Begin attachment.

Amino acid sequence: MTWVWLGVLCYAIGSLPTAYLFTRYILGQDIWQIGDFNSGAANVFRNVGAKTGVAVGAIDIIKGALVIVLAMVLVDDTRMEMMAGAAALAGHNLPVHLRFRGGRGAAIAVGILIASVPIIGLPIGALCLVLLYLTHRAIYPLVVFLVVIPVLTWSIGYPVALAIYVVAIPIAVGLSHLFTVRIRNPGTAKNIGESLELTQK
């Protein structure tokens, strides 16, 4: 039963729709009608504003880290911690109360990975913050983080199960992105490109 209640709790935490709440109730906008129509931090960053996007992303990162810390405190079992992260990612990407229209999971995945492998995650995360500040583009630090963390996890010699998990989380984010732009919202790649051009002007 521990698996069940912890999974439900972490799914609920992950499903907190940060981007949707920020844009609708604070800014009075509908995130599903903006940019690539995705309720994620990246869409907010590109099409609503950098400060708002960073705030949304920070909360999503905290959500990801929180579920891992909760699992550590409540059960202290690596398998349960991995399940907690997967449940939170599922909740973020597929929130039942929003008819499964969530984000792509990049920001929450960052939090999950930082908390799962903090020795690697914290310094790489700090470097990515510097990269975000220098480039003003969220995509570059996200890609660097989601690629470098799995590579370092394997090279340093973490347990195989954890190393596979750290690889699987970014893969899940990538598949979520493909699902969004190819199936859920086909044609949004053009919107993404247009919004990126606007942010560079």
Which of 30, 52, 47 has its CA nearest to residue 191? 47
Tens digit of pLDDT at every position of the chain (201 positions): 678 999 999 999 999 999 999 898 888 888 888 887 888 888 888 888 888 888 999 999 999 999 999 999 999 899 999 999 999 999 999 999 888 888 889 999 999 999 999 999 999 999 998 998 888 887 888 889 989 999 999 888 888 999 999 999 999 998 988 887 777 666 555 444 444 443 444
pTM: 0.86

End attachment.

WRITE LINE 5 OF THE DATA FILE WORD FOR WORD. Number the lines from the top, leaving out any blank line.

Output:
pTM: 0.86